At first glance, our project is about evidence gathered to address the consequences of marine born plastic garbage in our oceans. The evidence, in this case, has been gleaned from just one beach: Kehoe Beach in the Point Reyes National Seashore, Northern California. But it is about more than that. It is the story of being witness to how a creative life is lived. It’s not about creative arts, per se. That yes, but it’s also about the implications creative energy has for any endeavor.
Sometimes, beauty can be a call to action. Here the call to action is to follow some simple rules of planetary housekeeping; but in a larger sense, the call to action is to follow those strange voices of inspiration each of us possesses, if we dare to listen. We know after years on the beach and in the studio, the real opposite of beauty is indifference.
This is part one of a two-part post about Judith and Richard’s ongoing work collecting and transforming waste into art. For related content about the journey and transformation of waste, take a look at our RCC Perspectives volumes: Out of Sight, Out of Mind and A Future without Waste?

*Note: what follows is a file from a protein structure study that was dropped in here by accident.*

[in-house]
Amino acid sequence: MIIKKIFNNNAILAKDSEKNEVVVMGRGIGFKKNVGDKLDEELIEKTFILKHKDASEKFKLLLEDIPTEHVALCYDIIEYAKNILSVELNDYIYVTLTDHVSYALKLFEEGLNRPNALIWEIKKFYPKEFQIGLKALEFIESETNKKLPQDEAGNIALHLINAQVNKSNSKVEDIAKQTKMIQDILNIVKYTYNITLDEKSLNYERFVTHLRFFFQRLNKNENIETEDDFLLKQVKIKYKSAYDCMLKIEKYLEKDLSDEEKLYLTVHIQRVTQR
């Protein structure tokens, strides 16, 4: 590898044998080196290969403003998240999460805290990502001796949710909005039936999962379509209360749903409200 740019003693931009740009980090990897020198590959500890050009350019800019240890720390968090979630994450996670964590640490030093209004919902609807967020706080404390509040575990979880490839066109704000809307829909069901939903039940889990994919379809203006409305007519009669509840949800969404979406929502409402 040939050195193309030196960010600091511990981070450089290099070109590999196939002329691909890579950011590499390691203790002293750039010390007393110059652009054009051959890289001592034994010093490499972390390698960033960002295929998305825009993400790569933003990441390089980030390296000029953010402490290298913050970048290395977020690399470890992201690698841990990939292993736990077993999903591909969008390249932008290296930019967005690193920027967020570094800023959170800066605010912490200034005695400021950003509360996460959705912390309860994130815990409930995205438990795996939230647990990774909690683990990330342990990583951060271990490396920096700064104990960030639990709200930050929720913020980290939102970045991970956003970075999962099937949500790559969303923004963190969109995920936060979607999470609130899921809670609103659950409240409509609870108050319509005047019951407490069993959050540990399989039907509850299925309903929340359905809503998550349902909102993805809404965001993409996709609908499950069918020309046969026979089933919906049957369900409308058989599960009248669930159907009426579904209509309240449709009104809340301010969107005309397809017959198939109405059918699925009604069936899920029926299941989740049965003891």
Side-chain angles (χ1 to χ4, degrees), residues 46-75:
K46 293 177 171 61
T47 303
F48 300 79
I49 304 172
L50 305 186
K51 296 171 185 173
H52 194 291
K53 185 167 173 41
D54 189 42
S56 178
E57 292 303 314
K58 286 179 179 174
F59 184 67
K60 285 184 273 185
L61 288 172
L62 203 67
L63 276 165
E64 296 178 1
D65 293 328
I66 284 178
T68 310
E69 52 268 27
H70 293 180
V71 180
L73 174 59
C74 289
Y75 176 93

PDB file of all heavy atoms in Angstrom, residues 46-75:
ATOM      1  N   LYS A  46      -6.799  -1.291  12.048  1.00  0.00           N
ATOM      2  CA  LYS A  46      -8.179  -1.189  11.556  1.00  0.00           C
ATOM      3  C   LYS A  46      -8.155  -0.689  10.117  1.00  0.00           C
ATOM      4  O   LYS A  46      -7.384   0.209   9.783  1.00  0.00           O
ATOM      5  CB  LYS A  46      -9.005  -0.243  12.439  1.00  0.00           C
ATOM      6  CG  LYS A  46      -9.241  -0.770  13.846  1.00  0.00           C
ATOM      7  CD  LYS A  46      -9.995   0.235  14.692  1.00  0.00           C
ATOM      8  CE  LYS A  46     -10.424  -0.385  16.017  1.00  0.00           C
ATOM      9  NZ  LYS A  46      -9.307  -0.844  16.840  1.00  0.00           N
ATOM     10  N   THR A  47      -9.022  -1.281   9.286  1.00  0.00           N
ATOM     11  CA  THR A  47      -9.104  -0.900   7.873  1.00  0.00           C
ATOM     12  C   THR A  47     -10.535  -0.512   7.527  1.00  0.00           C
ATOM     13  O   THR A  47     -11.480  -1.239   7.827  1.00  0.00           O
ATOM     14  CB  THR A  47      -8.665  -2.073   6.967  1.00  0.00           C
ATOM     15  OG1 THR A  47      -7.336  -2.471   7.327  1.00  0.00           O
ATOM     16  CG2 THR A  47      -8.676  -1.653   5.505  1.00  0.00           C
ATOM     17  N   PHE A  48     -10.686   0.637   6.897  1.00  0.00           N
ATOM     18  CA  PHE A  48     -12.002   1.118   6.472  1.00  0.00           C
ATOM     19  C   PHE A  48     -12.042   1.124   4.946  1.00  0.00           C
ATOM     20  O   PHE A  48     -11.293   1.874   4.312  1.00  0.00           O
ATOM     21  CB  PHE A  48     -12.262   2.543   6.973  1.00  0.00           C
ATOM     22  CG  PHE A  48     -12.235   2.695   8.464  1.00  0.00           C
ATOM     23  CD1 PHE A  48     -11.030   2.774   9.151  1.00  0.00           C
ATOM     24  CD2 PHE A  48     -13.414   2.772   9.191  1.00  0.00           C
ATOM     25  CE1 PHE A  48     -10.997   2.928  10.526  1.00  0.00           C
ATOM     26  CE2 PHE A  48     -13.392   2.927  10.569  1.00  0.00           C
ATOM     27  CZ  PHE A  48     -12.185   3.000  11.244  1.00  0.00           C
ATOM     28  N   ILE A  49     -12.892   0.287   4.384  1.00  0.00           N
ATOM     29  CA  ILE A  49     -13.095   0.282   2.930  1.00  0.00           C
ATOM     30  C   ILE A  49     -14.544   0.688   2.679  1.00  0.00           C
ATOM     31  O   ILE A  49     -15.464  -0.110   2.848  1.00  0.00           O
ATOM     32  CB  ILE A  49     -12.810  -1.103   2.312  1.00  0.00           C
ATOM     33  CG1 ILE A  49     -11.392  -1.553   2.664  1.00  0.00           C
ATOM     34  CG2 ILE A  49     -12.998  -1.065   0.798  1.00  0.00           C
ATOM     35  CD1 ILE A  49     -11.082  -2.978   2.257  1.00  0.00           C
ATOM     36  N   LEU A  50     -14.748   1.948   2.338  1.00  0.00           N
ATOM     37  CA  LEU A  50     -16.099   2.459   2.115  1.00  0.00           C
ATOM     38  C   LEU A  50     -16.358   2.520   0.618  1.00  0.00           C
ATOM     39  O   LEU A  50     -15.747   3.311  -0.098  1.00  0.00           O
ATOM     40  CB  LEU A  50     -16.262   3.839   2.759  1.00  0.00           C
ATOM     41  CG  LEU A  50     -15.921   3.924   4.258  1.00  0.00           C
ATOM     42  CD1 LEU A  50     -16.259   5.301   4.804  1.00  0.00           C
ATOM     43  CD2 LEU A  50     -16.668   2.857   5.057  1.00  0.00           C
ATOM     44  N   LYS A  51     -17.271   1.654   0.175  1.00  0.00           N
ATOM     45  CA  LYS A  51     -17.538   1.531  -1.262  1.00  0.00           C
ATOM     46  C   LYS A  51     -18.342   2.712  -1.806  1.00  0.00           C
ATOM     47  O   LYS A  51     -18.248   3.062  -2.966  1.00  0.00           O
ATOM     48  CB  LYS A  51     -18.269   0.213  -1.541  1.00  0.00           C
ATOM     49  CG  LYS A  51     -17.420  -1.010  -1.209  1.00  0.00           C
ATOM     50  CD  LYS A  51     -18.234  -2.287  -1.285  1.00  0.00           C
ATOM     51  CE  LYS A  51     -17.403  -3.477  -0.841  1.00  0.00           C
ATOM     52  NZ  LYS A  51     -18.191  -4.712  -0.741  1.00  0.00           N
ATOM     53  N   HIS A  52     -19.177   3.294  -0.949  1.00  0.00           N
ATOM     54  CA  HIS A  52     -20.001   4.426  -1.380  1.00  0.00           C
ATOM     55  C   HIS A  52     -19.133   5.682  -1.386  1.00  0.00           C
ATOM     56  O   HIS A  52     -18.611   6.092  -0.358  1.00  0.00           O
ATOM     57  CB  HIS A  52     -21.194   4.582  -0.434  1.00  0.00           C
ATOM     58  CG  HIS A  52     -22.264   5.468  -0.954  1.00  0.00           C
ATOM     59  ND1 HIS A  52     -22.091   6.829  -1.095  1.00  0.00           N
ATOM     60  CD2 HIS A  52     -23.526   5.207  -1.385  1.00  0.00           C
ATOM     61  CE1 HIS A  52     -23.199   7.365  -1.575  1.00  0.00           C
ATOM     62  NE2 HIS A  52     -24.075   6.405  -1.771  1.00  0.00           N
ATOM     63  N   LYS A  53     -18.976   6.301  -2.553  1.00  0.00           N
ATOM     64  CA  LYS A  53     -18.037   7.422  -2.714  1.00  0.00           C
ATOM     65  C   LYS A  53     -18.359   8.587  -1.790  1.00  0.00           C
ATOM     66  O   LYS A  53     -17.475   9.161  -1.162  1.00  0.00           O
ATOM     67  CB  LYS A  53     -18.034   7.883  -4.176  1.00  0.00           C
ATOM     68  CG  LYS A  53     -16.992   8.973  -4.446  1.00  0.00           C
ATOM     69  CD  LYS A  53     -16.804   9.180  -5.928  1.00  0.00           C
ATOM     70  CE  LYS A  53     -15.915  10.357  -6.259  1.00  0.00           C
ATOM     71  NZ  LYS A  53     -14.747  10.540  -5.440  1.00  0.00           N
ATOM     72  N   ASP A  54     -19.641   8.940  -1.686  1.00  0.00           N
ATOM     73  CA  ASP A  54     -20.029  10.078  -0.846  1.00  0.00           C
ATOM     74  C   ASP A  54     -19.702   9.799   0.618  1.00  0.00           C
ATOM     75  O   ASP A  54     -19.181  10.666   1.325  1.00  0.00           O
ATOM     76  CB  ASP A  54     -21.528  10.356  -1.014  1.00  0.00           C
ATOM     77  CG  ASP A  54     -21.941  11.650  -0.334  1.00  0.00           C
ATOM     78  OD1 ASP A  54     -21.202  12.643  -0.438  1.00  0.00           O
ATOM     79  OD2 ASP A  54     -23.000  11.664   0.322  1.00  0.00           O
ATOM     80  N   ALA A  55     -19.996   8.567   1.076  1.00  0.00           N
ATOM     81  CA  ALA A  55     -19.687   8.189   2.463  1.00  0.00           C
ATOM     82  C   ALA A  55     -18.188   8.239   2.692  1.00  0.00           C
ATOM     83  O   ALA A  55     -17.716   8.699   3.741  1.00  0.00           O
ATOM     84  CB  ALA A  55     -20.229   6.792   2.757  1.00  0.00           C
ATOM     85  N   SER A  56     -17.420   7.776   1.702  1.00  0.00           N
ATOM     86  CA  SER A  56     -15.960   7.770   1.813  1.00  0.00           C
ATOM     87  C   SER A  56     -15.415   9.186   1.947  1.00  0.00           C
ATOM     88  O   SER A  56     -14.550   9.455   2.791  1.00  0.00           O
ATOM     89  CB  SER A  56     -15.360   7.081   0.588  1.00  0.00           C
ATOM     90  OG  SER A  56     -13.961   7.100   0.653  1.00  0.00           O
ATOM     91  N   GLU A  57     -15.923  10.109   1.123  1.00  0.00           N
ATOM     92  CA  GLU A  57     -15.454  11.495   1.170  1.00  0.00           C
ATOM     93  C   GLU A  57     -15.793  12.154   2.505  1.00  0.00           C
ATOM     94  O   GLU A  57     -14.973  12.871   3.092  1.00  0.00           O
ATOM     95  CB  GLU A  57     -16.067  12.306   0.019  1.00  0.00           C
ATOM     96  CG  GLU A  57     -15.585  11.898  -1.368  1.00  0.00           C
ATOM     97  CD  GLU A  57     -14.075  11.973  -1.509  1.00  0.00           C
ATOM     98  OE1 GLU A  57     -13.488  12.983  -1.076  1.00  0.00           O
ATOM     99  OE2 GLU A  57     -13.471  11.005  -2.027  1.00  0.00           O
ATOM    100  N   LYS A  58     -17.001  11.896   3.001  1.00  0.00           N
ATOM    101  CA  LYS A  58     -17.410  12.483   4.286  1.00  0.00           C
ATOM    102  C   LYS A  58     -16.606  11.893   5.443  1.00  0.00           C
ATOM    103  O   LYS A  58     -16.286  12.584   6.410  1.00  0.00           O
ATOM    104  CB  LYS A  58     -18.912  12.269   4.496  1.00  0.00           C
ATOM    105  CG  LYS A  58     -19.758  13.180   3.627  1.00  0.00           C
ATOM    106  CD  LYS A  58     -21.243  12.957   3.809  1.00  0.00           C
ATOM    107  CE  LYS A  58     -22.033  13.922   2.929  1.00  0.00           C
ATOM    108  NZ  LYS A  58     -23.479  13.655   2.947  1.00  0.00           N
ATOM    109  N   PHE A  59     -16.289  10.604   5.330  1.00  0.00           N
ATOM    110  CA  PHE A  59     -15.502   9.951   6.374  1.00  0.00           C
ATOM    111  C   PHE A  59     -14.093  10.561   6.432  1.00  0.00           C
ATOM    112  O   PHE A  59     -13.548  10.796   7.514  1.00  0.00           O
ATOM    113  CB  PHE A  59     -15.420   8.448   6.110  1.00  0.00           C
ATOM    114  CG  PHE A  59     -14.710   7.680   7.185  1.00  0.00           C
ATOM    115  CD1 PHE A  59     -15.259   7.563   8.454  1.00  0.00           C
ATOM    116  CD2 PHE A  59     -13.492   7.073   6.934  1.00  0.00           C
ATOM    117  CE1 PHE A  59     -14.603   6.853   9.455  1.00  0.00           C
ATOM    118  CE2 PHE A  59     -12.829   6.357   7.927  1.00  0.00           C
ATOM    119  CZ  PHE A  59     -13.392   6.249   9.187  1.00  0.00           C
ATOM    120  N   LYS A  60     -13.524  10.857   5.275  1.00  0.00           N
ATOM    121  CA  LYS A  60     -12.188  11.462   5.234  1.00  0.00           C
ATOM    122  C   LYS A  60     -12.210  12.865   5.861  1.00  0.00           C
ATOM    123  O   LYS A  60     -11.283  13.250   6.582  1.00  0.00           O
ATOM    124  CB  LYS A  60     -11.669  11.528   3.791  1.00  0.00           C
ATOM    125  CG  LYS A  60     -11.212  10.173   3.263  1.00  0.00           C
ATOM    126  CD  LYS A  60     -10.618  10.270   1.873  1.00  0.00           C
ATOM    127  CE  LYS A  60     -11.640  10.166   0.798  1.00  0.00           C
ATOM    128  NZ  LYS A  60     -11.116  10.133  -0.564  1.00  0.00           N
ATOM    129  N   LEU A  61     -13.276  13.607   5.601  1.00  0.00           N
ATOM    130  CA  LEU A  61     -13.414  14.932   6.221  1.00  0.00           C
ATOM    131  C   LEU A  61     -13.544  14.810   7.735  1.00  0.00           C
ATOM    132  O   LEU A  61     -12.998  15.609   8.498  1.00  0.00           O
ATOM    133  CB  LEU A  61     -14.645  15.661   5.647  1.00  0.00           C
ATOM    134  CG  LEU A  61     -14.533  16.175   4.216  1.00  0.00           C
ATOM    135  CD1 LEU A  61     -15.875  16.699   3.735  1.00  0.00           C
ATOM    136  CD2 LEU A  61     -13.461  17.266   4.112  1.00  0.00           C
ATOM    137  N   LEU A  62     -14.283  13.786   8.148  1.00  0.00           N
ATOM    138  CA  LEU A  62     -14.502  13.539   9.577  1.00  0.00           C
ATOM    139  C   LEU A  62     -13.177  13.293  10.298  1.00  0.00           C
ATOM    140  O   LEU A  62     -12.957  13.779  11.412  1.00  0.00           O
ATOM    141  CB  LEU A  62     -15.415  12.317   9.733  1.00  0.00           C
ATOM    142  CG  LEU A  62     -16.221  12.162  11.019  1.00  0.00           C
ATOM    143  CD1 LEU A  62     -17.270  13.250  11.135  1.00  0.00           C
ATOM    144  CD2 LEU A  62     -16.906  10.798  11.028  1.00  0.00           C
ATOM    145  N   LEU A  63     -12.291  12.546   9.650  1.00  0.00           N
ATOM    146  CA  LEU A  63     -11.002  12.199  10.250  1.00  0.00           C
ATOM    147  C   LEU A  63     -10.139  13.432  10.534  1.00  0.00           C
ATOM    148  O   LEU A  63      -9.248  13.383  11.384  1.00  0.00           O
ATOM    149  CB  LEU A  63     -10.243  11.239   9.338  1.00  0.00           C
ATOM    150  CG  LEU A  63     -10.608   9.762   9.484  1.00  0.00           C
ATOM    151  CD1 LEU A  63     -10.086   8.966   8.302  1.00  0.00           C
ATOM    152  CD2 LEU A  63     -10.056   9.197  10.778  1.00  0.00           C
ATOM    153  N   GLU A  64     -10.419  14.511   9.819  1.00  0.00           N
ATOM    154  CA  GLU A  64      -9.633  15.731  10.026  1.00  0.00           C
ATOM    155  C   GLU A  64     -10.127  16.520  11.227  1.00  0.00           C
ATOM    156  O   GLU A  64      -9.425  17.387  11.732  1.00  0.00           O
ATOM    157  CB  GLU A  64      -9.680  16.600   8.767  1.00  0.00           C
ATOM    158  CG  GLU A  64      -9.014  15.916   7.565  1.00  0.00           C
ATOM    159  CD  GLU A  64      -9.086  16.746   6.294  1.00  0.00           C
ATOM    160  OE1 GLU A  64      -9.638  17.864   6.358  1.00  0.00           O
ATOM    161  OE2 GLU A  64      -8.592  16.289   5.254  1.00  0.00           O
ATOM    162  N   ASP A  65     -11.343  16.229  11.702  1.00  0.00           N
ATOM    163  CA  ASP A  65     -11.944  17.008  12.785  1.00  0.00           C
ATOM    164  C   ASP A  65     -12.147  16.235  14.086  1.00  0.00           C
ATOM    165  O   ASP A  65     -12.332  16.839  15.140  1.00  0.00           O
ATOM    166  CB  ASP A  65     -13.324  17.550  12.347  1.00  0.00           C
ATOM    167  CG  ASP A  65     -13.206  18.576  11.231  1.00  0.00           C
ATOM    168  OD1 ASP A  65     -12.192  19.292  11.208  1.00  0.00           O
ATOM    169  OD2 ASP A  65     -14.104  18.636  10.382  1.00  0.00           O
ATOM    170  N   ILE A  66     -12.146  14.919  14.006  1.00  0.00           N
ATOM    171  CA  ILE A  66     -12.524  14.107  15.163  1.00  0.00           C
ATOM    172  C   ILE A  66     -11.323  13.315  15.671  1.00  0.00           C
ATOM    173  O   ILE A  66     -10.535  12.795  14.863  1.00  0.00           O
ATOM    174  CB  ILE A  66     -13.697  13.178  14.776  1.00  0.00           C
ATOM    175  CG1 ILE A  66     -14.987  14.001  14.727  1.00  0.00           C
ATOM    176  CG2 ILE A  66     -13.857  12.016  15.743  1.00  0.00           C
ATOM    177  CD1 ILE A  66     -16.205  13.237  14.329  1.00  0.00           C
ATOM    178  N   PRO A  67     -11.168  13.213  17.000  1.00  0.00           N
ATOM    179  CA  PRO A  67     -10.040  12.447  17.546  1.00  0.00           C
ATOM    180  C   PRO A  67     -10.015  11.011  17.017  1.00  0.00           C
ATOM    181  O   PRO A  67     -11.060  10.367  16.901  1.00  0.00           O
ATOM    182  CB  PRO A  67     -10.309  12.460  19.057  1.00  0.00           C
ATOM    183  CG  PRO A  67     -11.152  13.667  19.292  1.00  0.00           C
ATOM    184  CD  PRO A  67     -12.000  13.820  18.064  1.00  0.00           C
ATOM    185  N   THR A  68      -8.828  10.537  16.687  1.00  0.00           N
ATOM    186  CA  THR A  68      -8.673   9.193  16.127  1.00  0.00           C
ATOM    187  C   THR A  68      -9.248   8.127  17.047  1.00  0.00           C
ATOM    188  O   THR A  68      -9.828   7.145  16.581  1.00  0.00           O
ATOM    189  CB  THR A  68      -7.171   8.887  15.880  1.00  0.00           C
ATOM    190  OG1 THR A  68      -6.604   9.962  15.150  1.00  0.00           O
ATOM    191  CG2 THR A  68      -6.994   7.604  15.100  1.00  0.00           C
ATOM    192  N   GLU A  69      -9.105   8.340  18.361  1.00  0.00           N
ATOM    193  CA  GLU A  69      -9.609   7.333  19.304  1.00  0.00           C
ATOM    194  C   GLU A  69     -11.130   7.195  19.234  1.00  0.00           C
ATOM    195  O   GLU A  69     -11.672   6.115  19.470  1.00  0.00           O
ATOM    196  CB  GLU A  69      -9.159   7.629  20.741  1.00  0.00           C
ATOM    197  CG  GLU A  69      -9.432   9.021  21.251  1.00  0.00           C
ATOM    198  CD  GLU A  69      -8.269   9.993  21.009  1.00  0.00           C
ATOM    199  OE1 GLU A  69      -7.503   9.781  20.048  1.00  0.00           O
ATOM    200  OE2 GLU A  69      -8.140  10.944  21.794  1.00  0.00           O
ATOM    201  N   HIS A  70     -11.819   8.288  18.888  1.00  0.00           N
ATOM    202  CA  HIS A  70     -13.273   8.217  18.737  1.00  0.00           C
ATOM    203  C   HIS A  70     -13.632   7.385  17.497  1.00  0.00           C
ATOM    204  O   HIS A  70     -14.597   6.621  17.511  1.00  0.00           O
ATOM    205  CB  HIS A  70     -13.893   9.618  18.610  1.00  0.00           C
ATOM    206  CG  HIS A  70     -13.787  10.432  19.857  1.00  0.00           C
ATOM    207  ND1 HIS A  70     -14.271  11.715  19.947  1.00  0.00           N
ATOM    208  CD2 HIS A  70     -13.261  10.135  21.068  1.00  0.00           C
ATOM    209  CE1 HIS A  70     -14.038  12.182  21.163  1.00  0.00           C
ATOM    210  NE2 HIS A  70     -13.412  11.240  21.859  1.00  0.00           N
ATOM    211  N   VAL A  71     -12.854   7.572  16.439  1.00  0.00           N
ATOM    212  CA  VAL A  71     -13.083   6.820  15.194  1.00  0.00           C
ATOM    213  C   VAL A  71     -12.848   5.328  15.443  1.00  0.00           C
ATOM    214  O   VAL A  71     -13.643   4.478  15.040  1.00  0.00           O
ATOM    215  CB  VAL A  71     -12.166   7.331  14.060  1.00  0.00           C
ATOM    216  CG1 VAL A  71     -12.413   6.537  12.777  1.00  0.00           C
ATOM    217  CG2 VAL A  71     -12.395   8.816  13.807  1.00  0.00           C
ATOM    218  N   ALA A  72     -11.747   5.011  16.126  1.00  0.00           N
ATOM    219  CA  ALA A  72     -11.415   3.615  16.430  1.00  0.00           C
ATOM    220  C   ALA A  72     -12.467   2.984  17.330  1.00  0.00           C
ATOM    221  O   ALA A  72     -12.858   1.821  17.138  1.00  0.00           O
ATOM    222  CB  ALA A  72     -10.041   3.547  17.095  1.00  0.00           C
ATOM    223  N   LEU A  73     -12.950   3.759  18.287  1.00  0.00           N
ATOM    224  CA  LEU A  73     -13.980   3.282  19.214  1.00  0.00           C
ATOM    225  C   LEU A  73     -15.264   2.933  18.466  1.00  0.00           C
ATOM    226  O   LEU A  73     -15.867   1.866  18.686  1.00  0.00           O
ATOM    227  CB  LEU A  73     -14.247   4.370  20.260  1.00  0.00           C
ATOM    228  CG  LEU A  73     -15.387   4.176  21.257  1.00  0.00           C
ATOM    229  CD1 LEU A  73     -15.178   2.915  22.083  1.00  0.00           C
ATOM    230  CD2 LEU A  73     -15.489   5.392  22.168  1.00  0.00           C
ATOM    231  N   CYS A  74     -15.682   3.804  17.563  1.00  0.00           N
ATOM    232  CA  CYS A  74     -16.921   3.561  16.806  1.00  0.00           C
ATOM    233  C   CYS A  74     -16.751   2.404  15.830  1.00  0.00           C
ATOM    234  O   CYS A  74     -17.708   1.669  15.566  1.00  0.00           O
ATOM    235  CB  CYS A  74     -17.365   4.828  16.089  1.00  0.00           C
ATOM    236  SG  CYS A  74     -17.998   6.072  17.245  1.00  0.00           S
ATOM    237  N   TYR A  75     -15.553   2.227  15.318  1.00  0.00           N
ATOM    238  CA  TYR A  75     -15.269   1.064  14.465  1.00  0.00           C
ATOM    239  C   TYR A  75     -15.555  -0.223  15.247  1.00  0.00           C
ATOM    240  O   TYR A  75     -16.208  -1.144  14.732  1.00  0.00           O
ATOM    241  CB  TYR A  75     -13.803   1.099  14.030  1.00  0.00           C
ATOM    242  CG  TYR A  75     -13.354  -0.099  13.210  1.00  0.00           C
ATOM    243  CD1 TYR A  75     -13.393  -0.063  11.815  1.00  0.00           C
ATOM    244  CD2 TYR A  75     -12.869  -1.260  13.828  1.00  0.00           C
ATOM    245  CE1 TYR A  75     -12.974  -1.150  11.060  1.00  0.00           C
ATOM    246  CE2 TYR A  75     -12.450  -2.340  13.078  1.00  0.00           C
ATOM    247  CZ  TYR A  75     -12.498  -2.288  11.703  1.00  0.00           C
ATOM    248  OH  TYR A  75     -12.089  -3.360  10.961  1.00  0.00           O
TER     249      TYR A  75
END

Should professional historians maintain their independence and objectivity as researchers, or should they address the social use of their field? Are there fundamental conflicts between the two? Do environmental or ecological historians need to become more useful and practical in addressing such global problems as climate change, intensified food production, and biodiversity loss? If so, how and to what extent? What significant insights can our study of the past offer?
These questions formed the foundation of a roundtable forum published in the first issue of the new Journal for Ecological History, edited by Renmin University’s Center for Ecological History. Our new blog series on “The Uses of Environmental History,” which launches later this week, has been adapted from the pieces presented there. Together, these contributions demarcate the evolution of environmental history over the last four decades and project a broader outlook for its future.